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Cablegate: Media Reaction - Ibero-American Summit Aftermath


DE RUEHSG #1846/01 3241043
R 201043Z NOV 07





E.O. 12958: N/A

1. Summary: The Chilean press continues to collect opinions among
experts and international commentators about the impact of the clash
between the King of Spain and Chavez. The overall consensus is that
Chavez' primary goal is to disrupt relations among nations in the
region to his own advantage and that the Venezuelan President is
rude, offensive, and unwilling to comply with established rules.
The commentators also agree that other leaders in the region should
speak out against Chavez, but do not because they are afraid of the
Venezuelan leader's influence and losing access to his cheap oil.
Analysts also concur that Chavez has unquestionably hurt the region,
by undermining future summits and dialogue. Others argue that that
those countries that are working wholeheartedly to overcome
underdevelopment, such as Chile, have no business dealing with
individuals such as Chavez. End Summary.

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2. On November 18, conservative, influential, newspaper-of-record
"El Mercurio" (Sunday circ. 260,100) quoted Sergio Abrue, former
Uruguay Foreign Minister: "What is significant here is that there
is a head of state, such as Chavez, who tries to impose a model that
creates division and conflict wherever he goes.... Chavez is
incontrollable and does not respect any type of formality."

3. Inigo Saenz de Ugarte, Spanish daily Publico said: "Latin
America has changed and someone should have warned the President of
Chile that several countries, headed by Venezuela...use the media in
these Summits to launch their aggressive messages. They are
fighting an ideological war.... The government of Chile failed to
foresee a situation that was bound to happen sooner or later...and
it did not put a stop to Chavez' unruliness.... Bachelet was like a
referee who let the game continue until she realized the players
were breaking each others bones. She did not interfere, did not set
the boundaries, and in the end was overtaken by events."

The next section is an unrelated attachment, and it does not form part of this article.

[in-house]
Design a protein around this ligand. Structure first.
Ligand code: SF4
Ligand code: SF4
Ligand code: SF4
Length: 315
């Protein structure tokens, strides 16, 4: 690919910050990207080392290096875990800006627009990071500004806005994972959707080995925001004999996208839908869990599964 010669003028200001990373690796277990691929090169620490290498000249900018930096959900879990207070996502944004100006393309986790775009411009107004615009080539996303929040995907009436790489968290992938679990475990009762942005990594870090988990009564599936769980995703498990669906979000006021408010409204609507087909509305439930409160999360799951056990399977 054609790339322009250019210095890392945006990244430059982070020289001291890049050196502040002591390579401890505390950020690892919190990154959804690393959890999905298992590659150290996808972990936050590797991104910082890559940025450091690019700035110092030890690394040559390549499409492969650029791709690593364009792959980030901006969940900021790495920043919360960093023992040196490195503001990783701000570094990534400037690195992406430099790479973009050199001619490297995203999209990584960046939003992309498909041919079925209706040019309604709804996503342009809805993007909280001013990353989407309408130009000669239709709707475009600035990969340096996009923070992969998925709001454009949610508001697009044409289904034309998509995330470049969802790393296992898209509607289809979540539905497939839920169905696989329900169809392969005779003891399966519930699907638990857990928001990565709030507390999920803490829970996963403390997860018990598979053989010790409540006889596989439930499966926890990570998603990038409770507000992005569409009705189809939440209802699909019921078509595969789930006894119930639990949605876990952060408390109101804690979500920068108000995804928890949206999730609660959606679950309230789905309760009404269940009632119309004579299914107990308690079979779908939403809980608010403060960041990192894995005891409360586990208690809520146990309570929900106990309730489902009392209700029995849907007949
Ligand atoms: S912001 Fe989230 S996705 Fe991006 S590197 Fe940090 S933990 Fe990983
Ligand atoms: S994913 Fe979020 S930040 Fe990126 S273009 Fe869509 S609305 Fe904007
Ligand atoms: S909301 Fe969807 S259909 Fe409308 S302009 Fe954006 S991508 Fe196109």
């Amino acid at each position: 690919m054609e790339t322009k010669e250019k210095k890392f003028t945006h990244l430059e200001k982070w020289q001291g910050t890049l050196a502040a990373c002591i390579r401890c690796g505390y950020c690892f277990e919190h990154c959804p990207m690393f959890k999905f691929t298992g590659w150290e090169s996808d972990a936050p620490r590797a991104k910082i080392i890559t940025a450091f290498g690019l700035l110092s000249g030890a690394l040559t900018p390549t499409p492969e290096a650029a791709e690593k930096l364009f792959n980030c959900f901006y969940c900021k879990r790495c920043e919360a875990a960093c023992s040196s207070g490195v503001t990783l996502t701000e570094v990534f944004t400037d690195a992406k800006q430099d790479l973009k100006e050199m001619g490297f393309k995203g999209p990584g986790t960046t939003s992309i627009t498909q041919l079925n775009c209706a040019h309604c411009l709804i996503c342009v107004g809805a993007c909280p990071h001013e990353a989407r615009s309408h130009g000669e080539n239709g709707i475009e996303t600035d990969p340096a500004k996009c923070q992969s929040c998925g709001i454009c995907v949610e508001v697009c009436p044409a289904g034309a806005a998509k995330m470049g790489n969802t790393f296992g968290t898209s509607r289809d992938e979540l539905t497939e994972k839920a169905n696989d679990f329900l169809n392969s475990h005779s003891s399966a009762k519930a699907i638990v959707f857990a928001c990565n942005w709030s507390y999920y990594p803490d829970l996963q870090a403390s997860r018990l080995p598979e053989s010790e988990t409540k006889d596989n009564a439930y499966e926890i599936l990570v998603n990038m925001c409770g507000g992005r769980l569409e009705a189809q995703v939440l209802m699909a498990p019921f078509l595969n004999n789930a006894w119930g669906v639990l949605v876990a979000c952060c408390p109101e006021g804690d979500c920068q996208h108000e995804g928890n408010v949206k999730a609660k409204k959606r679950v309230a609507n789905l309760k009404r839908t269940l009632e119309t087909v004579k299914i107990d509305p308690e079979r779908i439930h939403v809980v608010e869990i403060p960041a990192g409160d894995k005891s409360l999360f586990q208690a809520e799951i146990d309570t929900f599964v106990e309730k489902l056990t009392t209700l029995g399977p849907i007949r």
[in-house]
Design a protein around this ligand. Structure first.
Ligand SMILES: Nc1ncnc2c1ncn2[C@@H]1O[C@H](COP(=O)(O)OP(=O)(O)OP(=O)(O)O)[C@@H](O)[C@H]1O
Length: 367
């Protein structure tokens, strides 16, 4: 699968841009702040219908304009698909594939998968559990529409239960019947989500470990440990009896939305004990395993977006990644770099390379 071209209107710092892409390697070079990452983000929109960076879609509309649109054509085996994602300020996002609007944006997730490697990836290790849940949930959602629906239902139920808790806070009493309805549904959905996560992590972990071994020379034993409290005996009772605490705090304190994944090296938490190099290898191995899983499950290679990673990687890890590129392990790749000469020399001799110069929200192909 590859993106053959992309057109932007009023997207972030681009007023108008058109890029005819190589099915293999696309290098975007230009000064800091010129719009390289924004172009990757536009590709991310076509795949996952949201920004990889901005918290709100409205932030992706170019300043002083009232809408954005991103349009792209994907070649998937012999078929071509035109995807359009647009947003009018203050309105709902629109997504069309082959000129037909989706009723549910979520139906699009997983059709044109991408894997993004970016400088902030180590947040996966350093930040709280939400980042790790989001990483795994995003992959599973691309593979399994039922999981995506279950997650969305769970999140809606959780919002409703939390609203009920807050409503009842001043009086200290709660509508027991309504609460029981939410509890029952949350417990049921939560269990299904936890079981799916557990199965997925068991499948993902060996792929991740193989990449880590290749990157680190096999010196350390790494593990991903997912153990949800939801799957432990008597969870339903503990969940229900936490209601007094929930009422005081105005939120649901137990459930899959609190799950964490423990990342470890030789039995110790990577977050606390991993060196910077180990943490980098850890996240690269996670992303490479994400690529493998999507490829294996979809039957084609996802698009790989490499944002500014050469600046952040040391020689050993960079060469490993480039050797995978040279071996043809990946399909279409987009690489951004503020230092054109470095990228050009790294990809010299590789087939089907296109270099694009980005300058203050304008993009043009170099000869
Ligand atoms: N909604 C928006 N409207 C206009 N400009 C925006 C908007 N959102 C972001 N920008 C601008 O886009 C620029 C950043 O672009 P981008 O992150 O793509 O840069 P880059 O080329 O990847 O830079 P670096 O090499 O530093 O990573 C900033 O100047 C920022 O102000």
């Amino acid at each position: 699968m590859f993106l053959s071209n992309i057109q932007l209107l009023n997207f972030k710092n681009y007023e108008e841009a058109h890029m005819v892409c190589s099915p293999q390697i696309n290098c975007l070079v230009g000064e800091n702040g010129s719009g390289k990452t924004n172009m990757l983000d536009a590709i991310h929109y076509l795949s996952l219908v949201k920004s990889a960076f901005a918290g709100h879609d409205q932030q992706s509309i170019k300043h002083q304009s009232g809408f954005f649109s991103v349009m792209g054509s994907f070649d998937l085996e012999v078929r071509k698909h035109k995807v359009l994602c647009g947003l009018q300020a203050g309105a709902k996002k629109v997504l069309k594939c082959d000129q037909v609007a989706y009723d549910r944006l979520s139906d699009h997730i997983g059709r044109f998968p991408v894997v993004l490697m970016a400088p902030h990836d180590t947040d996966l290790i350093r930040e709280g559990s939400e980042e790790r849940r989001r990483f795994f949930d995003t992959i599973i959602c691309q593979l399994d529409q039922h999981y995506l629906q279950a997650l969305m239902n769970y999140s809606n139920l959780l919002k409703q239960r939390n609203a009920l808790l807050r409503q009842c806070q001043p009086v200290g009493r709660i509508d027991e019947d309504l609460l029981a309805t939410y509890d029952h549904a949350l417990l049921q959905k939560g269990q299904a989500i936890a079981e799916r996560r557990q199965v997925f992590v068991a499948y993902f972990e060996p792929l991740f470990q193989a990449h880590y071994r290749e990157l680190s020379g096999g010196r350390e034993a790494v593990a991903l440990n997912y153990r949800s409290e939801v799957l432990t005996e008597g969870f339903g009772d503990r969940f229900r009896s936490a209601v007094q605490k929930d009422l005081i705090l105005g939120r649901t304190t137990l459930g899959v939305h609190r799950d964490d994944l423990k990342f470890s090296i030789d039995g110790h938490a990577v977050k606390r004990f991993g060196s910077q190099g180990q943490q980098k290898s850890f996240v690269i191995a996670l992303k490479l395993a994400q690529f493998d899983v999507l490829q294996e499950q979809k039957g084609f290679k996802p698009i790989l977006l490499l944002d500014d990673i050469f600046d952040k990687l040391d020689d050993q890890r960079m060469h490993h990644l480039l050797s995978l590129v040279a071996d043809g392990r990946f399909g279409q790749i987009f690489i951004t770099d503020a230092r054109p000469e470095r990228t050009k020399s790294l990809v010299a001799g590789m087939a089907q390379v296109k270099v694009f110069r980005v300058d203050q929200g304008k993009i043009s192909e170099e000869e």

5. Carlos Figueroa (former state minister of Chile) said: "The
summit incident has been blown out of proportion, because it
involved the King of Spain, who showed he is as human as anyone else
and becomes enraged with the Chavez and Ortega's nonsense.... I
would respectfully advise the President (Bachelet) to keep a more
distant official relationship with Chavez."

6. Milos Alcalay, former Venezuelan Ambassador to United Nations
stated: "The Presidents (of the region) are too tolerant with
Chavez.... They should tell Chavez -- paraphrasing the Spanish King
-- to 'shut up.'"

7. An Opina survey on the King-Chavez incident at the
Ibero-American summit revealed that: 45.3% graded President
Bachelet's handling of the incident between 1 and 4 (D and F).
Asked if Chile should oppose Chavez or remain neutral, 66.4% said
"neutral" and 21% said "oppose"; 39.2% said the King of Spain's
reaction to Chavez had been "appropriate" and 39.7% said President
Bachelet should have reprimanded Chavez.

8. On November 18, "El Mercurio" reported that discontent in
Venezuela is growing and increasingly evident among the students who
are demonstrating every day. Orlando Ochoa, PhD in economics from
Oxford University, said that a 30% inflation rate, shortages of
basic products, price controls, and a nearly one-third drop in oil
production assures a bleak future for Venezuela. "Venezuela is the
land of corruption, consumerism, black market, and shortages. That
is the 21st century socialist revolution paid for by oil," stated

9. Ivan Carratu, former Venezuelan Military Attache to the United
States, stated Chavez's primary goal is to destroy democratic
institutions in other countries in the region. Carratu says that